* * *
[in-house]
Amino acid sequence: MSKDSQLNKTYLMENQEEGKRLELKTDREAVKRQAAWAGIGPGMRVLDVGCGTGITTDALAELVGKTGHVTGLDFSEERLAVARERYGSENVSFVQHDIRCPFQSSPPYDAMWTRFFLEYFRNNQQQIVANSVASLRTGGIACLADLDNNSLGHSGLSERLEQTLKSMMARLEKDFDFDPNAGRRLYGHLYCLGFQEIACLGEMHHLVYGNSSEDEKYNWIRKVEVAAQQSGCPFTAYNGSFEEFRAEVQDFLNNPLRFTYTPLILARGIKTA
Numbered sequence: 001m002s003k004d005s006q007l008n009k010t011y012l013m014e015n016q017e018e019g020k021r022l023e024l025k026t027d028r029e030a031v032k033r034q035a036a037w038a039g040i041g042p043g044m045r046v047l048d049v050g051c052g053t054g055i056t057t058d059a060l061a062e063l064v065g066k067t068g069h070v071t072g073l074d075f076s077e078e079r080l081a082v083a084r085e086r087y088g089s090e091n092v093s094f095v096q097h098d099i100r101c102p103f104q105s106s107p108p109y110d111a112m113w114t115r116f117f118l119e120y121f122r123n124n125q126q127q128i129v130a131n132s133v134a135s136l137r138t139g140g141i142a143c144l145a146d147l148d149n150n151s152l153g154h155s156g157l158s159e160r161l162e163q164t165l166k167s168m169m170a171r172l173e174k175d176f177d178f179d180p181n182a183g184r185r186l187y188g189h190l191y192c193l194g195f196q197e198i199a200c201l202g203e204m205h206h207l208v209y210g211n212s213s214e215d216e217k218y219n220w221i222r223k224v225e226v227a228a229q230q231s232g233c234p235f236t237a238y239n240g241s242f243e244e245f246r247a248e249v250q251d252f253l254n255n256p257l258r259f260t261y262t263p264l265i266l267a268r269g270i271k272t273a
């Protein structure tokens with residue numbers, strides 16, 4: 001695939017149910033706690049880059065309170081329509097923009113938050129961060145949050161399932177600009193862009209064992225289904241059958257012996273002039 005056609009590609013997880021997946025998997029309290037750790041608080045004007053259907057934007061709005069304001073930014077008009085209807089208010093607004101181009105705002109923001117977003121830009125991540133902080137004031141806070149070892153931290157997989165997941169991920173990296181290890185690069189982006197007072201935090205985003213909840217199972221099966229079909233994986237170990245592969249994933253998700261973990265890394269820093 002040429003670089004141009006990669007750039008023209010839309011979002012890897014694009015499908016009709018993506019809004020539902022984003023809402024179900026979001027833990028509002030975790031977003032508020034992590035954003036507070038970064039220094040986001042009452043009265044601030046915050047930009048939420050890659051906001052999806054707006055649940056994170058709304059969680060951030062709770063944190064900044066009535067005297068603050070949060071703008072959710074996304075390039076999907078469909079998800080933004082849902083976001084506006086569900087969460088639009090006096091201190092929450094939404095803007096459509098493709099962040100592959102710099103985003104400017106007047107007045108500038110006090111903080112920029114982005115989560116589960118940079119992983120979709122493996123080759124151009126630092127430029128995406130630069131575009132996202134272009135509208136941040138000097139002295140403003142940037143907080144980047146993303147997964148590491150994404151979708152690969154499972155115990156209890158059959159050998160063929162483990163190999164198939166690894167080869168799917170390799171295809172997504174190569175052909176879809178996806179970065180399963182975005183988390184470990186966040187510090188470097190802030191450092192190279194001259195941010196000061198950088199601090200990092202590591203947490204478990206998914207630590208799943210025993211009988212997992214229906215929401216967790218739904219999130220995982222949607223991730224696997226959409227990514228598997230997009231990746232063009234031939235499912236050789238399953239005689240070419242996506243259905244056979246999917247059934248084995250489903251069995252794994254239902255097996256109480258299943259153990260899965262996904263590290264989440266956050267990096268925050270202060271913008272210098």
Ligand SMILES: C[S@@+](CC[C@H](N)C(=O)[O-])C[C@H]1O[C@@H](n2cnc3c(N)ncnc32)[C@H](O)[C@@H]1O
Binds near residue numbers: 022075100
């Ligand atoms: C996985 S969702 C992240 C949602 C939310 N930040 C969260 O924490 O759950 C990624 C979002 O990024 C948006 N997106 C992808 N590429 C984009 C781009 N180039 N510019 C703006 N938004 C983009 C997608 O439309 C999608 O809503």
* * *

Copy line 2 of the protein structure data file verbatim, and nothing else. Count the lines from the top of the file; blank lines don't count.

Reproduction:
Amino acid sequence: MSKDSQLNKTYLMENQEEGKRLELKTDREAVKRQAAWAGIGPGMRVLDVGCGTGITTDALAELVGKTGHVTGLDFSEERLAVARERYGSENVSFVQHDIRCPFQSSPPYDAMWTRFFLEYFRNNQQQIVANSVASLRTGGIACLADLDNNSLGHSGLSERLEQTLKSMMARLEKDFDFDPNAGRRLYGHLYCLGFQEIACLGEMHHLVYGNSSEDEKYNWIRKVEVAAQQSGCPFTAYNGSFEEFRAEVQDFLNNPLRFTYTPLILARGIKTA